Company founder Dave Longaberger came up with the idea for the imaginative and attention-getting 180,000-square-foot building in 1994
The Longaberger Co.’s seven-story headquarters in Newark gives those who see it the fleeting impression that they’ve stumbled across a giant’s afternoon outing with the family.
Company founder Dave Longaberger came up with the idea for the imaginative and attention-getting 180,000-square-foot building in 1994, after the business had outgrown its former home in Dresden, Ohio.
Longaberger wanted the new headquarters to look like the company’s famous medium market basket and put the call out to architectural firms. But he had a tough time finding one that seemed to understand his vision.
“He went through meeting after meeting with these firms, and he was increasingly disappointed that nobody was really getting it,” explains Brenton Baker, The Longaberger Co.’s director of communications.
Townspeople and even some employees were skeptical about the prospects of successfully creating such an unusual structure, but the company founder remained undeterred.
“[Dave Longaberger] was famous for saying, ‘If we can put a man on the moon, we can build a building that looks like a basket,’ ” says Baker.
Eventually, global architecture firm NBBJ, which has an office in Columbus, accepted the challenge.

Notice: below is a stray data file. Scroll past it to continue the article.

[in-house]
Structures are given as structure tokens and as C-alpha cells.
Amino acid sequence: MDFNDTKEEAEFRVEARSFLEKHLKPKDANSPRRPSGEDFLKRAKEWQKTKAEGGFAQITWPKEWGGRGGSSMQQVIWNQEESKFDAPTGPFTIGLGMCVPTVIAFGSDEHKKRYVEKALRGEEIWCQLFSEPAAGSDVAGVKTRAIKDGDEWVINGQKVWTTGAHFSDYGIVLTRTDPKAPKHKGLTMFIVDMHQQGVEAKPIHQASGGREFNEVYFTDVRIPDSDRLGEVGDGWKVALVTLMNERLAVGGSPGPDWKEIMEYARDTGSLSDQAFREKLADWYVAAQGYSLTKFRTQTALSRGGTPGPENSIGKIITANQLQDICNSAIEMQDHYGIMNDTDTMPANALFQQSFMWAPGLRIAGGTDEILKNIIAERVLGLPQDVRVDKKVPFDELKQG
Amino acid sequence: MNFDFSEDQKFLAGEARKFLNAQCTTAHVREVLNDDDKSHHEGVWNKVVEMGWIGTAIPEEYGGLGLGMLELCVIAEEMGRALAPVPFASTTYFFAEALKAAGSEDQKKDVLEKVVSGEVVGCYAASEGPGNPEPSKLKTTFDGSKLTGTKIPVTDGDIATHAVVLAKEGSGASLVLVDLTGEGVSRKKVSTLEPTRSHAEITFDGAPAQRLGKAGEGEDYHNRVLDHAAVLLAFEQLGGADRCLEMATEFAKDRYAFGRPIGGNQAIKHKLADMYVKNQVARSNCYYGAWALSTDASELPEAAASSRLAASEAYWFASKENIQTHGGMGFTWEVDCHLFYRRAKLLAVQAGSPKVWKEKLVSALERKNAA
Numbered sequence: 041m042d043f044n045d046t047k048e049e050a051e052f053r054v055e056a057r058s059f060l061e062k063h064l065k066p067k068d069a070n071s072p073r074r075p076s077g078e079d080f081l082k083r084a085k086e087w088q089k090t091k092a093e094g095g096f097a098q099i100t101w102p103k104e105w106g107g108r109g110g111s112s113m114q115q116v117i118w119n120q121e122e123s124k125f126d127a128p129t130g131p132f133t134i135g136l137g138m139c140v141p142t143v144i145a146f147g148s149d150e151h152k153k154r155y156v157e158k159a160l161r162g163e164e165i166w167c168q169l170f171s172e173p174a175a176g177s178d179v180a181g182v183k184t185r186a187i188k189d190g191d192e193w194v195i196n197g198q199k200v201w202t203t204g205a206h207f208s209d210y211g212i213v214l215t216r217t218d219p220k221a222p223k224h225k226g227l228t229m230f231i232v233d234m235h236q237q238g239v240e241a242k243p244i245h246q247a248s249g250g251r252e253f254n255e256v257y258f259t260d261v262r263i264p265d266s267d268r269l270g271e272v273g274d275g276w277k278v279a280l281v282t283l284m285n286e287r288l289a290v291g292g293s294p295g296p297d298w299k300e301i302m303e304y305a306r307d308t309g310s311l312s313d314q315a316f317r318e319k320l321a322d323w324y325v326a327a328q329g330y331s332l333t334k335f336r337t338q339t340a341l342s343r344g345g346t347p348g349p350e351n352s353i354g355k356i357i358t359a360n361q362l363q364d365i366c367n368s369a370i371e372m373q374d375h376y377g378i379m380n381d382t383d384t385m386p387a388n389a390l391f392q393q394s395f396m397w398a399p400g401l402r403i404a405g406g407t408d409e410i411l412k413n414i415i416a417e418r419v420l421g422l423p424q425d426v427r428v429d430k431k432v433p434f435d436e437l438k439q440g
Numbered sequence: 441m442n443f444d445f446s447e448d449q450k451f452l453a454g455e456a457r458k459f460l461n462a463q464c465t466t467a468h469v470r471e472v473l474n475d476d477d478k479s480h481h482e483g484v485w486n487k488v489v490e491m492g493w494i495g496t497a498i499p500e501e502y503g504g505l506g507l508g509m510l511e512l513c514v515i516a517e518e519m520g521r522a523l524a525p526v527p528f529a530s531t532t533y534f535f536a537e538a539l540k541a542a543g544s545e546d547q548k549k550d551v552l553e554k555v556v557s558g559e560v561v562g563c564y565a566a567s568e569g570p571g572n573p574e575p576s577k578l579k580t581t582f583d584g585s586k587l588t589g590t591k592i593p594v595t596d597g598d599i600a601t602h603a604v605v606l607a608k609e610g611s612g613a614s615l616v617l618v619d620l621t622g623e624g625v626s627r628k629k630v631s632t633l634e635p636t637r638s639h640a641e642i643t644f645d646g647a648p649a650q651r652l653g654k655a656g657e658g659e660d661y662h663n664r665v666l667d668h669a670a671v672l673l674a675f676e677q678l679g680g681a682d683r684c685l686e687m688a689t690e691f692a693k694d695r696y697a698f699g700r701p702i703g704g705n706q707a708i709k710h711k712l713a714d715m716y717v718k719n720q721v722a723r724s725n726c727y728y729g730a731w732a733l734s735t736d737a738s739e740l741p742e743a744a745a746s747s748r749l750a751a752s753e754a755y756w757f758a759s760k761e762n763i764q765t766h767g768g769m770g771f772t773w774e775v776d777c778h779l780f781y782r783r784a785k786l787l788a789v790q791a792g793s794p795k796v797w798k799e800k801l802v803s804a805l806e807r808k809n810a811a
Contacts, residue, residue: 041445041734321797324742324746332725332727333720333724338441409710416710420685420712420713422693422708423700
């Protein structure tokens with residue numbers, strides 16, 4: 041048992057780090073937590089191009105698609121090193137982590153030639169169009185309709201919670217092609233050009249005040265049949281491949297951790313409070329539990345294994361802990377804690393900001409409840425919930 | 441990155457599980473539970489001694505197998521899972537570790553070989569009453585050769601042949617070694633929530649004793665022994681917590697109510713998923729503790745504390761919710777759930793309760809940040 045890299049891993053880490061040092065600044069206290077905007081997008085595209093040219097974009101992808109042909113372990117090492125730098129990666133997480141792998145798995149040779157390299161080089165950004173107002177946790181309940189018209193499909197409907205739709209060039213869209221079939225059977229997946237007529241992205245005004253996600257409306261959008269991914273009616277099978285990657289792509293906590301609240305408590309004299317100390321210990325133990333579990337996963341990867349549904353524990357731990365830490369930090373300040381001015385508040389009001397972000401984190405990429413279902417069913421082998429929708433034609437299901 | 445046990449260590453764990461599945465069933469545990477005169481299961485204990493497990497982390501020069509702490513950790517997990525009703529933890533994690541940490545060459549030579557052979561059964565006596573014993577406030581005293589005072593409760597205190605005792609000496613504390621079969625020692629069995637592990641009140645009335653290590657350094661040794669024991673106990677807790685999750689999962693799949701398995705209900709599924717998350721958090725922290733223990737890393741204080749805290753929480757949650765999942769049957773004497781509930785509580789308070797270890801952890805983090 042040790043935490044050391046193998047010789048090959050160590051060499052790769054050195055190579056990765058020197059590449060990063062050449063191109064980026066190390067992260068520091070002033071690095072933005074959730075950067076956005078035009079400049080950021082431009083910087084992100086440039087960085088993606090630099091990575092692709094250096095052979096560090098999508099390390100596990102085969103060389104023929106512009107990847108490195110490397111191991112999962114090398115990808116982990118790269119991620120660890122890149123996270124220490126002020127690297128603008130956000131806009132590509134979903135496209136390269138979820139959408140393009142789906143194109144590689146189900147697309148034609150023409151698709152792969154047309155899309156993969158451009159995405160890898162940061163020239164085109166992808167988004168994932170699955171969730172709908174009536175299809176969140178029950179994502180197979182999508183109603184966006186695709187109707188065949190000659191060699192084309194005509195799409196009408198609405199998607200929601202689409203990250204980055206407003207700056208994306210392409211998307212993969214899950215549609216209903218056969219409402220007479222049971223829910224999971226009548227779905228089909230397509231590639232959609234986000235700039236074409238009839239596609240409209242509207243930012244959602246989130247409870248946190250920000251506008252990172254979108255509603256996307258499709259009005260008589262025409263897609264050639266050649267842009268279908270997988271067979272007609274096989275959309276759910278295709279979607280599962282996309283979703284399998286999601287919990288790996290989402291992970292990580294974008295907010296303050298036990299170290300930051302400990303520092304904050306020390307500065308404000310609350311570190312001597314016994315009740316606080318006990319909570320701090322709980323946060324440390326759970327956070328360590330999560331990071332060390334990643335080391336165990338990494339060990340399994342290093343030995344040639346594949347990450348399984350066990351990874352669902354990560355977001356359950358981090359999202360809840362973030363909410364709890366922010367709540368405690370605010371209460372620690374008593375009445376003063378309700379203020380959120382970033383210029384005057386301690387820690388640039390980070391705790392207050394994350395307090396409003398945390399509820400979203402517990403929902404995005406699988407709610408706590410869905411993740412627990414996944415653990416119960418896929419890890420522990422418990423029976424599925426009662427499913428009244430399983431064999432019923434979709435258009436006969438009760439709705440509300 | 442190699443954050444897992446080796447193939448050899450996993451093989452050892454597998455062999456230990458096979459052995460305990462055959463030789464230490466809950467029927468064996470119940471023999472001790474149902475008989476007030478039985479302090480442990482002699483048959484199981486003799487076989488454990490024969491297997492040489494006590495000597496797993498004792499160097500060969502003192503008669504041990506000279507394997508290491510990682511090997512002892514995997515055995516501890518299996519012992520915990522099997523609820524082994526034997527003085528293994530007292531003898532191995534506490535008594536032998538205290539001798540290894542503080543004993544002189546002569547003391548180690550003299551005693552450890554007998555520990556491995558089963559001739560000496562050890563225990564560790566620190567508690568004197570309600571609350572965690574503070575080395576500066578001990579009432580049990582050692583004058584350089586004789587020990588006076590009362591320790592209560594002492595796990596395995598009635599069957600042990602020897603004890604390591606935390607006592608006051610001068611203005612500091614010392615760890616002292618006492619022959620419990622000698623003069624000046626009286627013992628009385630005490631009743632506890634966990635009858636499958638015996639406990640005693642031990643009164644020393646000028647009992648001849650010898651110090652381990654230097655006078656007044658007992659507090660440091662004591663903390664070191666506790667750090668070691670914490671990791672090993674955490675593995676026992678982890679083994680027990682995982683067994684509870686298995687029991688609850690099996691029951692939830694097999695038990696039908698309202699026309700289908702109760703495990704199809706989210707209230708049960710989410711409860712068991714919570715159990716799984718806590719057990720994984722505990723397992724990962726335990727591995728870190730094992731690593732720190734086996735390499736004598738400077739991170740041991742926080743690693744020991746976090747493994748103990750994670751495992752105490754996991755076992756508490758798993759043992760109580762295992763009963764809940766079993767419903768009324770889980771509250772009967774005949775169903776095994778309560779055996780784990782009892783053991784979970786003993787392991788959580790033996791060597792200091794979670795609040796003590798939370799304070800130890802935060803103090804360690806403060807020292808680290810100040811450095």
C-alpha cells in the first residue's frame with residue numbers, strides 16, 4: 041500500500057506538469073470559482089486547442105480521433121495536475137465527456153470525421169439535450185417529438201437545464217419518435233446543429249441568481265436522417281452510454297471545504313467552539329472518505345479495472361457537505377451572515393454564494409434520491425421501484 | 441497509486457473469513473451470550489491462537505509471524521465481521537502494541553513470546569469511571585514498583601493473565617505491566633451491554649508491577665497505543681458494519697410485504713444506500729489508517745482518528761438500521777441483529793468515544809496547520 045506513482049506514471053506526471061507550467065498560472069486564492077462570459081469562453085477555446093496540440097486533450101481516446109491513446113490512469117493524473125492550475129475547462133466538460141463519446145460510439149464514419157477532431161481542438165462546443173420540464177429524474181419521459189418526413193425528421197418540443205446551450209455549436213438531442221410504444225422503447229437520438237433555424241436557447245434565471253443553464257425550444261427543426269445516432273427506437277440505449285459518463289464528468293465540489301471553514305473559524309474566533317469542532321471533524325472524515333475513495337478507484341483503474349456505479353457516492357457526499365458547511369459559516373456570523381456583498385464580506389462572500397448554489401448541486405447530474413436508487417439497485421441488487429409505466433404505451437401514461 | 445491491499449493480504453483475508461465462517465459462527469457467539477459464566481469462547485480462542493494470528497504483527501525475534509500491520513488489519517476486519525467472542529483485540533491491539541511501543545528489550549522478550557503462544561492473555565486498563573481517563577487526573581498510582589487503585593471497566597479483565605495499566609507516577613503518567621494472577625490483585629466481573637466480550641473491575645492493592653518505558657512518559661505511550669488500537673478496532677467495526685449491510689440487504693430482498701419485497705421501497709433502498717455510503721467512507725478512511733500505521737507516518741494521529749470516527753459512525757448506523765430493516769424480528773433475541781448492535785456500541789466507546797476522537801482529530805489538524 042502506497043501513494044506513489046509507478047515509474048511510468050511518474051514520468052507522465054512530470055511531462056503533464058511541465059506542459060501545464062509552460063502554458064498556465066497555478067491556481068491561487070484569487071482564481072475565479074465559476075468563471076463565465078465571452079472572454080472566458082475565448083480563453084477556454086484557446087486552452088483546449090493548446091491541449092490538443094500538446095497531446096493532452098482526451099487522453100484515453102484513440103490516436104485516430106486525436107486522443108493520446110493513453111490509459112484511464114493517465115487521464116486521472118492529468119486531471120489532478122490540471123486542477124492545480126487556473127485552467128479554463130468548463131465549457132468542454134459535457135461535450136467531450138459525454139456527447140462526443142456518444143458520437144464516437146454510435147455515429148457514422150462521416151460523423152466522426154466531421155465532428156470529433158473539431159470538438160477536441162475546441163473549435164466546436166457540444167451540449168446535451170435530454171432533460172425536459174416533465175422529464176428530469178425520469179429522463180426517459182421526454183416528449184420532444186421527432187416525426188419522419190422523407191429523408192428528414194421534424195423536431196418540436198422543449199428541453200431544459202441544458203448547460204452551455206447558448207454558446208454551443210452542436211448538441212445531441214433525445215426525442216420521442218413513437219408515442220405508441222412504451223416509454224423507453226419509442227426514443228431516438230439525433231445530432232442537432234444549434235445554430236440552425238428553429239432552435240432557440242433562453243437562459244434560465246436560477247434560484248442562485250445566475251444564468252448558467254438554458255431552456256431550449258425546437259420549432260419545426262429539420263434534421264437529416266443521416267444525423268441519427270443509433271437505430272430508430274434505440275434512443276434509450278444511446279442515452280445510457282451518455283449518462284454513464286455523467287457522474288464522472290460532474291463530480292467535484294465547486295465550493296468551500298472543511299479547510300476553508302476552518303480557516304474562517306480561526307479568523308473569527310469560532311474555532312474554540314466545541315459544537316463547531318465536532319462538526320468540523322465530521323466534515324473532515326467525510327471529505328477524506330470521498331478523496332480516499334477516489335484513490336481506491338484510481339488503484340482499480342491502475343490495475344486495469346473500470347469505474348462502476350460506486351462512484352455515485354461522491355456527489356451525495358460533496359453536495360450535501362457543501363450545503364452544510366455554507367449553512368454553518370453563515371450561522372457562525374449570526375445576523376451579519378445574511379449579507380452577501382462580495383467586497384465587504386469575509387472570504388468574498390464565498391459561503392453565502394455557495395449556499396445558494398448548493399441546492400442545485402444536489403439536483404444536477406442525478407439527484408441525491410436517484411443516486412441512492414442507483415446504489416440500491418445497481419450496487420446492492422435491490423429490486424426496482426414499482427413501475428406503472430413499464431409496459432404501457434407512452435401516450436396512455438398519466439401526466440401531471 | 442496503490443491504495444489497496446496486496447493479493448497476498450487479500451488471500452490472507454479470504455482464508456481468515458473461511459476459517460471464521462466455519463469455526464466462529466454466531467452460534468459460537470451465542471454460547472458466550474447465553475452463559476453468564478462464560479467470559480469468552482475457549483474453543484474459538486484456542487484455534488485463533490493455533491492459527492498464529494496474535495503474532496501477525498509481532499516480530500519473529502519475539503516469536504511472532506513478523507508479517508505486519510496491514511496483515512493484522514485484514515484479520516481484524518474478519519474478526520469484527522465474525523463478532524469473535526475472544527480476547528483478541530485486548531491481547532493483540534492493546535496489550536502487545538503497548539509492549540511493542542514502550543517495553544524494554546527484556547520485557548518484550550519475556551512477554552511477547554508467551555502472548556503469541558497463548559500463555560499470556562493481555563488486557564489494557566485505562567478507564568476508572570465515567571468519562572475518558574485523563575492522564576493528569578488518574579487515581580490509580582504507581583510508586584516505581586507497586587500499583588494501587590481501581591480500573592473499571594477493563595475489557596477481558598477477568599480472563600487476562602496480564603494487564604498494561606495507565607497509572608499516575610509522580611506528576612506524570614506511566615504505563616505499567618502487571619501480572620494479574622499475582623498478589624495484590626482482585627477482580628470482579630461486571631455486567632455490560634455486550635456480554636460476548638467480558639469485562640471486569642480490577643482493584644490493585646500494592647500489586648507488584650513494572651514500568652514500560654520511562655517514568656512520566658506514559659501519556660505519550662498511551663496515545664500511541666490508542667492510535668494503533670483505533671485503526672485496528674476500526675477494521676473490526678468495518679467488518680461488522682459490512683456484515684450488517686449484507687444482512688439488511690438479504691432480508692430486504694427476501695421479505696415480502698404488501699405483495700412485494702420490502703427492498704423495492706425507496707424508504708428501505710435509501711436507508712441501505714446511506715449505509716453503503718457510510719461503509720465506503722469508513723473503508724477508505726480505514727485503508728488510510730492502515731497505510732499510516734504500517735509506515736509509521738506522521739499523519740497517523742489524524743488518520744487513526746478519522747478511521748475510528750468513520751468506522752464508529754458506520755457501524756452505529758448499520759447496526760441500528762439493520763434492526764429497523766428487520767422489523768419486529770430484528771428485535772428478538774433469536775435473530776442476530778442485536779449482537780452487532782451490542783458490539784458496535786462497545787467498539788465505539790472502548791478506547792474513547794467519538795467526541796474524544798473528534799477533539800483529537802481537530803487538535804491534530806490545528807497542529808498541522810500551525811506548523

“I was asked to help out the team that was designing the basket,” recalls Luis Rivera, who now works for Nandinee Phookan Architects in Brooklyn, New York. “It was the talk of the office.”
The building features a 30,000-square-foot atrium, and its main floor tiling mimics the look of the bottom of one of the company’s woven baskets.
The exterior design required a lot of attention too, right down to the appearance of woven bands and wooden handles.
“I think the most difficult part of the whole thing was the handles, believe it or not,” says Rivera, explaining that each one weighs 75 tons. It required the building’s designers to evaluate how the handles would support their own weight and react to high winds.
“That’s hollow steel,” he adds. “We actually bent steel plates to form the shape of the basket.” — Frances Killea
1350 W. Main St., Newark 43055, 740/322-5000, longaberger.com